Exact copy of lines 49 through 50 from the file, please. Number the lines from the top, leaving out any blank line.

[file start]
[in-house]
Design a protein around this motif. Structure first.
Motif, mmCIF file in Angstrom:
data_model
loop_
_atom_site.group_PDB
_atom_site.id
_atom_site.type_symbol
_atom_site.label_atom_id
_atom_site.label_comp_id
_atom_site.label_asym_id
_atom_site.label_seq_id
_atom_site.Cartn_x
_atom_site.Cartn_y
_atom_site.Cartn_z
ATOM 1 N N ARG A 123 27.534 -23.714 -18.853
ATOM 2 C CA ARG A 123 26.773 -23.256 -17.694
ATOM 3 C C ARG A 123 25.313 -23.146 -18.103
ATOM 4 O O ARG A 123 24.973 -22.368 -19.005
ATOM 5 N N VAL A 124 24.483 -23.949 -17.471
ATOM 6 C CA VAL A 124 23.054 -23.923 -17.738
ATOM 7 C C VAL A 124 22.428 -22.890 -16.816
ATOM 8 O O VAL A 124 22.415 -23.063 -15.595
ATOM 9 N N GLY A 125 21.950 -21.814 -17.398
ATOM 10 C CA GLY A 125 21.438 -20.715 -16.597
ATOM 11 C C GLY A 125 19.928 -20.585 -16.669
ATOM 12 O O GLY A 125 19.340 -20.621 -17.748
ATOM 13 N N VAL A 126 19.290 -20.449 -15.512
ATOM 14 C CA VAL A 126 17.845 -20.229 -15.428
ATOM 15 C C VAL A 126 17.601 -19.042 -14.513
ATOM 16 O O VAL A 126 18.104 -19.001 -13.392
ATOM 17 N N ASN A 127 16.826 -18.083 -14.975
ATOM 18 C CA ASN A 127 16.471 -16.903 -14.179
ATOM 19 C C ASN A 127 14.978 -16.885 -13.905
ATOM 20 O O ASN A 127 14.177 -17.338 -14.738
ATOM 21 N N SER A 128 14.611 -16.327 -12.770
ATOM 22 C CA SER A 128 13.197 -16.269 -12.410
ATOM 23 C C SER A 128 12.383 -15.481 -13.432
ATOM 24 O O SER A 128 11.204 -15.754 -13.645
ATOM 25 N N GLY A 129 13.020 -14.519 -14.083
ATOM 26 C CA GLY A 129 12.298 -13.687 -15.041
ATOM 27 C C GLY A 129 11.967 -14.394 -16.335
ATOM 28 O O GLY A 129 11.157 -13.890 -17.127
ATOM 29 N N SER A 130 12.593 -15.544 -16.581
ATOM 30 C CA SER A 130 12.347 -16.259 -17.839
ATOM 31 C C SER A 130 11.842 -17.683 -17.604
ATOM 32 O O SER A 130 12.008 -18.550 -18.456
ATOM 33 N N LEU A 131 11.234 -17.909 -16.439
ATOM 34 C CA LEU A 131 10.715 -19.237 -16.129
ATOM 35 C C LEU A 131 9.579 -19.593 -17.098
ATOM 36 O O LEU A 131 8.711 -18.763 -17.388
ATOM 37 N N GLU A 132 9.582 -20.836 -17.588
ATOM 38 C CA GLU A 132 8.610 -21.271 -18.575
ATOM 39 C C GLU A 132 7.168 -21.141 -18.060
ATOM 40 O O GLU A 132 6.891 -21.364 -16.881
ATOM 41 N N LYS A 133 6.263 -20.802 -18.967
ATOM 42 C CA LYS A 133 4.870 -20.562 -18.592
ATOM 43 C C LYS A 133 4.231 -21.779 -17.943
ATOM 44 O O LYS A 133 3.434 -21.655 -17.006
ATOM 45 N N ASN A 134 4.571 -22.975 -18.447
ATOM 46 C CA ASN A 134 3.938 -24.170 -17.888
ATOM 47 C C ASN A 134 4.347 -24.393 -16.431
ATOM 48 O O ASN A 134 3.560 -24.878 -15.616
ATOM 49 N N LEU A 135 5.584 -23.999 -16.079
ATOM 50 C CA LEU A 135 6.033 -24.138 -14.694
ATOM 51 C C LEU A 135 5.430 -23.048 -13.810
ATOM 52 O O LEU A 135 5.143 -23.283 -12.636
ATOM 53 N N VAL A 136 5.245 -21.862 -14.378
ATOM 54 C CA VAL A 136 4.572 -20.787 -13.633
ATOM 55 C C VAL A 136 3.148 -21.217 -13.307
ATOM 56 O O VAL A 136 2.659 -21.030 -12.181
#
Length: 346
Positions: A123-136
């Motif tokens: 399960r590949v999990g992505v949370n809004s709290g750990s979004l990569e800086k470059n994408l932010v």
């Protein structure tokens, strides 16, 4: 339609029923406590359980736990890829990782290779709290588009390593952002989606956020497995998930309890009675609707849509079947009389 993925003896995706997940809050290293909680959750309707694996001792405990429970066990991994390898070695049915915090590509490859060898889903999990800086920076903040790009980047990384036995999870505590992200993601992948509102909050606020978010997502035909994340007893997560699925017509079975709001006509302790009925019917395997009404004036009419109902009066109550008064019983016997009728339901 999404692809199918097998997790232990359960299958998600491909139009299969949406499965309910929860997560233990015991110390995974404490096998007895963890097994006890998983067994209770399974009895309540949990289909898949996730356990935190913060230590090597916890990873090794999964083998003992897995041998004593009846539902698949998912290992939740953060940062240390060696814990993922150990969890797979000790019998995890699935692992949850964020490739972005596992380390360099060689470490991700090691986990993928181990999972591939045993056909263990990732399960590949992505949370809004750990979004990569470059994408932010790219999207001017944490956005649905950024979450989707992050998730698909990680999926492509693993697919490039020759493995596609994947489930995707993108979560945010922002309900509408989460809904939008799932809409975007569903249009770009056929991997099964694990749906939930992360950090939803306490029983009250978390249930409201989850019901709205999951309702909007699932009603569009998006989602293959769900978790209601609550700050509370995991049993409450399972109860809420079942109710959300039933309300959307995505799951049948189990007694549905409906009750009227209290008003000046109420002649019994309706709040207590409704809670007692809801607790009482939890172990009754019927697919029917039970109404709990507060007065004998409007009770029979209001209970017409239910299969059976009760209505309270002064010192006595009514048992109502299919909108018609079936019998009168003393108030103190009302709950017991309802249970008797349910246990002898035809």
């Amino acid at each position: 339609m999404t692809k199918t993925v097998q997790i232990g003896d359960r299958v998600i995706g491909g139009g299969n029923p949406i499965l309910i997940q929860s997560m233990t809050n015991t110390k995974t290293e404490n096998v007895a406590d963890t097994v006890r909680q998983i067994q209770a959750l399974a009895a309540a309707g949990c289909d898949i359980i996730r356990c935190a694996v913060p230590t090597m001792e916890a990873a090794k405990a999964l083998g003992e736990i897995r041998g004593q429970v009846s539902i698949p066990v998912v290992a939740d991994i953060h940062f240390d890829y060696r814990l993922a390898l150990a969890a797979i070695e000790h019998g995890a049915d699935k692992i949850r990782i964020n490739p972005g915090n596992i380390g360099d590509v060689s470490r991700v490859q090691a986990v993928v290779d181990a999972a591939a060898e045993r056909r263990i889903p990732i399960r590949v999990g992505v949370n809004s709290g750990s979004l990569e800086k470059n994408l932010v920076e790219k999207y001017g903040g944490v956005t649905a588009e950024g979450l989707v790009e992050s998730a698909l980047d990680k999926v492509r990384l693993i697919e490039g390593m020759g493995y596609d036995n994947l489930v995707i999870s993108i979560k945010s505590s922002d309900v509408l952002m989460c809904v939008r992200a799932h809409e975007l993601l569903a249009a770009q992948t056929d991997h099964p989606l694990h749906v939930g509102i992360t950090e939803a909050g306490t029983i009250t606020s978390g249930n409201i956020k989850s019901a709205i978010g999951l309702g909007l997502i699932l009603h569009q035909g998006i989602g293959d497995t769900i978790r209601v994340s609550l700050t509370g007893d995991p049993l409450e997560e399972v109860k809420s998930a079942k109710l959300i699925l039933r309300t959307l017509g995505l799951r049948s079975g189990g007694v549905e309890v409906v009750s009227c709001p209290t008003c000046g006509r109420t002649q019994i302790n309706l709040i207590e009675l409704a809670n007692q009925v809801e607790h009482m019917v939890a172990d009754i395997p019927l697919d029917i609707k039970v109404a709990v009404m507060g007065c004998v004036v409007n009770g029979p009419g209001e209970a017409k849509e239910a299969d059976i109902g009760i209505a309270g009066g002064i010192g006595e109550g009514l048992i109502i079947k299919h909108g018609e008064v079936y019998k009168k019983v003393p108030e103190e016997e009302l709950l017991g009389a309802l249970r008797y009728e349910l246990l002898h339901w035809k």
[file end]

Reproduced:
ATOM 34 C CA LEU A 131 10.715 -19.237 -16.129
ATOM 35 C C LEU A 131 9.579 -19.593 -17.098